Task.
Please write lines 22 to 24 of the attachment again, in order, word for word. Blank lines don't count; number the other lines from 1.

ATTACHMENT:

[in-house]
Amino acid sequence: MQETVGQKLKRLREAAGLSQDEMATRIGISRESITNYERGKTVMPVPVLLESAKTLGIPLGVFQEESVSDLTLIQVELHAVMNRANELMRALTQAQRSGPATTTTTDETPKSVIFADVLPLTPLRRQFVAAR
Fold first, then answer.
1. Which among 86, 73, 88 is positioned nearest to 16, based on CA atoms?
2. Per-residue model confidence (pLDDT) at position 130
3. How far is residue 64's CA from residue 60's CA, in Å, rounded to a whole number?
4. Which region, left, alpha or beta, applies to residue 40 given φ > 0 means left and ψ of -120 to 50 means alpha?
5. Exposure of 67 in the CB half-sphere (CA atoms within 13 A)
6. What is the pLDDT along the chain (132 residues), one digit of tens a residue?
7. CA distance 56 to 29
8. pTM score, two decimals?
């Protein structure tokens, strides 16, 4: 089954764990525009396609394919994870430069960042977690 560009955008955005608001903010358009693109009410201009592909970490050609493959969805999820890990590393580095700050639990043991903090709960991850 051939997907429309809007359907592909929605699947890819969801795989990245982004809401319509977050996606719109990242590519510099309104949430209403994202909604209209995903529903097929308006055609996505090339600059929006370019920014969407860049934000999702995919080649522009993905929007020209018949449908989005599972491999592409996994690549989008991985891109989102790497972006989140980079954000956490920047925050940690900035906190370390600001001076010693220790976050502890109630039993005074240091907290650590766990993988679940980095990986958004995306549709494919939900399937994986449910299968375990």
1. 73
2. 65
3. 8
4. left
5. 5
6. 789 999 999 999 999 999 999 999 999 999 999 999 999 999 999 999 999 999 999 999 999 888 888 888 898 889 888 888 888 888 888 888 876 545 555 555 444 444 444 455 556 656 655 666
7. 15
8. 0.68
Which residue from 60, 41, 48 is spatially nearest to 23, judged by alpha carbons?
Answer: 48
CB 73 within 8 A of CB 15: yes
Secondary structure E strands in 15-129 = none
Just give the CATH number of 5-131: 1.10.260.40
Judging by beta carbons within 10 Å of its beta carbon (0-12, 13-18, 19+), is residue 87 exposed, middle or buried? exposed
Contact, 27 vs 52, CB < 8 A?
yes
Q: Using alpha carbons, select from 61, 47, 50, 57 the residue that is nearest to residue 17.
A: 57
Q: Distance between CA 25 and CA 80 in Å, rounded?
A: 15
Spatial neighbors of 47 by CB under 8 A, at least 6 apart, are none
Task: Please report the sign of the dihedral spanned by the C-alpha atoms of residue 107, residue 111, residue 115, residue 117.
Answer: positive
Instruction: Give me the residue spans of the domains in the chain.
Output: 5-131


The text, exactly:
Answer: 48
CB 73 within 8 A of CB 15: yes
Secondary structure E strands in 15-129 = none